Middle East studies in the News
Engaging Islam: Yale Professor Talks God, Human Will [on Gerhard Bowering]
by Chris Russo
Gerhard Bowering, a professor of Islamic Studies at Yale University, hosted a lecture titled "Engaging Islam: Seeking the Face of God" on Wednesday night. The lecture was the second part of the Gasson Lecture Series.
The main topic of Bowering's lecture was Islamic theology, specifically Sunni theology. Bowering began the talk by reciting a quotation from the Qur'an that inspired the lecture.
"Wherever you look, there is the face of God," he said. "God has a face and no back."
Bowering explained how God is omnipresent and no one can hide from God. God is also active in each and every moment, and Muslims depend on God in every moment of their lives.
Islamic theology developed well after Muhammad's death, as most people were illiterate and could not form their own opinions from the Qur'an. Years after Muhammad's death, the caliphate set out to translate Greek texts into Arabic, so that more Muslims understood Greek scholars' responses to the Qur'an.
Bowering then detailed God's different attributes under Islamic belief. He first made a specific contrast between the form of God according to Christian theology and Islamic theology. Christians believe that God is made of three beings: the Father, the Son, and the Holy Spirit, but is also one person. Islamic theology states that God is strictly one person, and there are not multiple facets of His being.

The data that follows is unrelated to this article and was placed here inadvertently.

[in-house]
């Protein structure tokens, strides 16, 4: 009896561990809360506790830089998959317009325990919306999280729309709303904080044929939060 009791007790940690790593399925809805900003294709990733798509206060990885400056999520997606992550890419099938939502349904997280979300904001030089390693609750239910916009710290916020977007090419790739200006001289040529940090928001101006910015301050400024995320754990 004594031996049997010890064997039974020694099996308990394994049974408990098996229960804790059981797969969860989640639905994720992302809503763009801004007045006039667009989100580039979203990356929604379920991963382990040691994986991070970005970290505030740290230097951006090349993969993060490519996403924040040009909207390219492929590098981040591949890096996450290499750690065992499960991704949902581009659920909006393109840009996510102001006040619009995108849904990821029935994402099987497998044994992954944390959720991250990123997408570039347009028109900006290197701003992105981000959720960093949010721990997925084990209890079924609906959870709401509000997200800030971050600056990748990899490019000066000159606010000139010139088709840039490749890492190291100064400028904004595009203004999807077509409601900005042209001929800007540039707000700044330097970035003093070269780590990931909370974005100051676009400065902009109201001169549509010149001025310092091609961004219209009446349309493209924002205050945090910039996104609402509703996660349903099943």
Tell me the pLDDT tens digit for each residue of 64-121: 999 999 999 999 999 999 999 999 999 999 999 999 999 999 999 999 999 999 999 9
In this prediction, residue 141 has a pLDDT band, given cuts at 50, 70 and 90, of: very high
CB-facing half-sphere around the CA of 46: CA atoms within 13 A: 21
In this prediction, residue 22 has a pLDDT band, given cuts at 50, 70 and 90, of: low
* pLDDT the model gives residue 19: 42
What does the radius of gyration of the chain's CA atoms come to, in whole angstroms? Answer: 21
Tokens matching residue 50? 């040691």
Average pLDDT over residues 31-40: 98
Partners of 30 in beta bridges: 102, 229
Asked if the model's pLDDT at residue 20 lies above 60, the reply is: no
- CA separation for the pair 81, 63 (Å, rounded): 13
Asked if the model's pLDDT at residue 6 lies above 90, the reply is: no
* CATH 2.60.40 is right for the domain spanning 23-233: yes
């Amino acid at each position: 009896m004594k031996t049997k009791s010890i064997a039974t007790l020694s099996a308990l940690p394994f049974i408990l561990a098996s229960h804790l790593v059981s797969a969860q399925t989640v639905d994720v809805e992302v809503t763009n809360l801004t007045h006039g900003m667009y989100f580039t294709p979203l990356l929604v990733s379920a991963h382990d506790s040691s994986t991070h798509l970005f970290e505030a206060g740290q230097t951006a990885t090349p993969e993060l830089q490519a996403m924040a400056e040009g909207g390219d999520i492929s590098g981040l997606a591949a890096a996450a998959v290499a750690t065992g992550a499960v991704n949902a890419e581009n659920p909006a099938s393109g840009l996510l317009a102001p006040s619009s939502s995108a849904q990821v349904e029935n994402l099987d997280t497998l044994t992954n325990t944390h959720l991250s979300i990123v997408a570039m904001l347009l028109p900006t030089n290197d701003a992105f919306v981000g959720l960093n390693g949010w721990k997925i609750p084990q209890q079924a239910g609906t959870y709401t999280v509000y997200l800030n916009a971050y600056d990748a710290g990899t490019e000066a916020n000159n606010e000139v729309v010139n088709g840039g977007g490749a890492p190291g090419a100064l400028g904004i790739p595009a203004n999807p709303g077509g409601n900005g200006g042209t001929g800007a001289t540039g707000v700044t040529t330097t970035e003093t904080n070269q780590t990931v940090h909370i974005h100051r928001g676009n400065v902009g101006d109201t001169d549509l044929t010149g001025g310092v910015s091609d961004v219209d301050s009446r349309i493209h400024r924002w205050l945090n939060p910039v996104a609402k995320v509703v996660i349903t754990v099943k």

Bowering then explained how although some believe that God is not of human form, the Qur'an specifically states that God has arms, eyes, and sits on his throne. Some interpret God using his "arms" to create the world and his "eyes" to judge people's actions as a metaphor. Each word of the Qur'an, however, was spoken by God and is therefore true, according to Muslims. Bowering said that these words are meant to be taken literally.
He also discussed the relationship between predetermination and human will, or the ability to choose one's own life path and receive punishment for those choices. Verses from the Qur'an support both views.
Some Muslims struggle to understand why people do evil things if God controls everything. Bowering's solution to this question is that God's way of being in control is allowing humans to have the ability to make decisions. It is the decisions people make that determine their afterlives. People who abide by God's commandments will be awarded eternal life, according to Bowering.
Islamic theologians build their ideas on God's attributes and teachings. Some individual Muslims, however, feel that Islamic theologians have created a gap between creature and creator, Bowering said. Some sects of Islam have trouble grappling that God is completely different than humans, as he is divine, even though they feel that they are one with God.
"This becoming one is rooted in our experiences with God," Bowering said. "It is how creature and creative combine."
Bowering ended the lecture by talking about Muslims' responsibility to spread the word of God. It is their duty, as God always watches their decisions.
"There is nothing that happens without God being involved," Bowering said.Note: Articles listed under "Middle East studies in the News" provide information on current developments concerning Middle East studies on North American campuses. These reports do not necessarily reflect the views of Campus Watch and do not necessarily correspond to Campus Watch's critique.
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